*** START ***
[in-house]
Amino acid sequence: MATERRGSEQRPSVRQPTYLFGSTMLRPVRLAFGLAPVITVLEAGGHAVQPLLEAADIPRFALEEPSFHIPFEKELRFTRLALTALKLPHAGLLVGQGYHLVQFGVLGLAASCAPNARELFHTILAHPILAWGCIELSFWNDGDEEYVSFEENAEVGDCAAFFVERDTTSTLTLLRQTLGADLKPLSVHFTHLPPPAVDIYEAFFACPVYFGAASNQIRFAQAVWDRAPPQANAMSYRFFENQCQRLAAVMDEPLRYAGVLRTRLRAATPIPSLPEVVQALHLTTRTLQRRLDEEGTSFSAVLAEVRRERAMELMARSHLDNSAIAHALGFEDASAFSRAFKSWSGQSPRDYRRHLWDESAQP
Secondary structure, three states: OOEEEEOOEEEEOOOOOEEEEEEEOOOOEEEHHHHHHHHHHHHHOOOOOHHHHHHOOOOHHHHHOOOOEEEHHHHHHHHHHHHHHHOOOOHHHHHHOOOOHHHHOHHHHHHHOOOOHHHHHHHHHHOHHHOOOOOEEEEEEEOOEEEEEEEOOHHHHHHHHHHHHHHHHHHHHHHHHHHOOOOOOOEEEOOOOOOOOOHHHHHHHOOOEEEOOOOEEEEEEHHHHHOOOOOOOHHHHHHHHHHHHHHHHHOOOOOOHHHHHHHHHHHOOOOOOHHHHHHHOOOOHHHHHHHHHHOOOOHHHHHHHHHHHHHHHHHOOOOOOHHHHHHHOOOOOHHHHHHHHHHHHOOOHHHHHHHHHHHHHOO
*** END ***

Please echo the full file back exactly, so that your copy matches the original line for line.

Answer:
[in-house]
Amino acid sequence: MATERRGSEQRPSVRQPTYLFGSTMLRPVRLAFGLAPVITVLEAGGHAVQPLLEAADIPRFALEEPSFHIPFEKELRFTRLALTALKLPHAGLLVGQGYHLVQFGVLGLAASCAPNARELFHTILAHPILAWGCIELSFWNDGDEEYVSFEENAEVGDCAAFFVERDTTSTLTLLRQTLGADLKPLSVHFTHLPPPAVDIYEAFFACPVYFGAASNQIRFAQAVWDRAPPQANAMSYRFFENQCQRLAAVMDEPLRYAGVLRTRLRAATPIPSLPEVVQALHLTTRTLQRRLDEEGTSFSAVLAEVRRERAMELMARSHLDNSAIAHALGFEDASAFSRAFKSWSGQSPRDYRRHLWDESAQP
Secondary structure, three states: OOEEEEOOEEEEOOOOOEEEEEEEOOOOEEEHHHHHHHHHHHHHOOOOOHHHHHHOOOOHHHHHOOOOEEEHHHHHHHHHHHHHHHOOOOHHHHHHOOOOHHHHOHHHHHHHOOOOHHHHHHHHHHOHHHOOOOOEEEEEEEOOEEEEEEEOOHHHHHHHHHHHHHHHHHHHHHHHHHHOOOOOOOEEEOOOOOOOOOHHHHHHHOOOEEEOOOOEEEEEEHHHHHOOOOOOOHHHHHHHHHHHHHHHHHOOOOOOHHHHHHHHHHHOOOOOOHHHHHHHOOOOHHHHHHHHHHOOOOHHHHHHHHHHHHHHHHHOOOOOOHHHHHHHOOOOOHHHHHHHHHHHHOOOHHHHHHHHHHHHHOO